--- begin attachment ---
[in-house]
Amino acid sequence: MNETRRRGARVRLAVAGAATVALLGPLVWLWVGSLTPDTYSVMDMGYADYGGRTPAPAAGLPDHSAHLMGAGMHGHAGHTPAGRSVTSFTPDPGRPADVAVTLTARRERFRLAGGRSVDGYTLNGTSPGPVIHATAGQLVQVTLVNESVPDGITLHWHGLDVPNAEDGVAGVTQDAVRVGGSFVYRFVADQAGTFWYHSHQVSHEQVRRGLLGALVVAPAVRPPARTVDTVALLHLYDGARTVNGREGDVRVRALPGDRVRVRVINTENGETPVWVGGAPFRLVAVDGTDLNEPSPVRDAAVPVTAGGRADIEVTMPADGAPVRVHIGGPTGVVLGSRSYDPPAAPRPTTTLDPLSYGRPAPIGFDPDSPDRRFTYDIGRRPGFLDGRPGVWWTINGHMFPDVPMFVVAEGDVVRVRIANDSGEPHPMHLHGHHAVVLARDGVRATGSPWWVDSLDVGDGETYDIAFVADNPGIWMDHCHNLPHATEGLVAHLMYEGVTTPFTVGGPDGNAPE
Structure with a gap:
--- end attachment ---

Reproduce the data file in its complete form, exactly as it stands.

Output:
[in-house]
Amino acid sequence: MNETRRRGARVRLAVAGAATVALLGPLVWLWVGSLTPDTYSVMDMGYADYGGRTPAPAAGLPDHSAHLMGAGMHGHAGHTPAGRSVTSFTPDPGRPADVAVTLTARRERFRLAGGRSVDGYTLNGTSPGPVIHATAGQLVQVTLVNESVPDGITLHWHGLDVPNAEDGVAGVTQDAVRVGGSFVYRFVADQAGTFWYHSHQVSHEQVRRGLLGALVVAPAVRPPARTVDTVALLHLYDGARTVNGREGDVRVRALPGDRVRVRVINTENGETPVWVGGAPFRLVAVDGTDLNEPSPVRDAAVPVTAGGRADIEVTMPADGAPVRVHIGGPTGVVLGSRSYDPPAAPRPTTTLDPLSYGRPAPIGFDPDSPDRRFTYDIGRRPGFLDGRPGVWWTINGHMFPDVPMFVVAEGDVVRVRIANDSGEPHPMHLHGHHAVVLARDGVRATGSPWWVDSLDVGDGETYDIAFVADNPGIWMDHCHNLPHATEGLVAHLMYEGVTTPFTVGGPDGNAPE
Structure with a gap: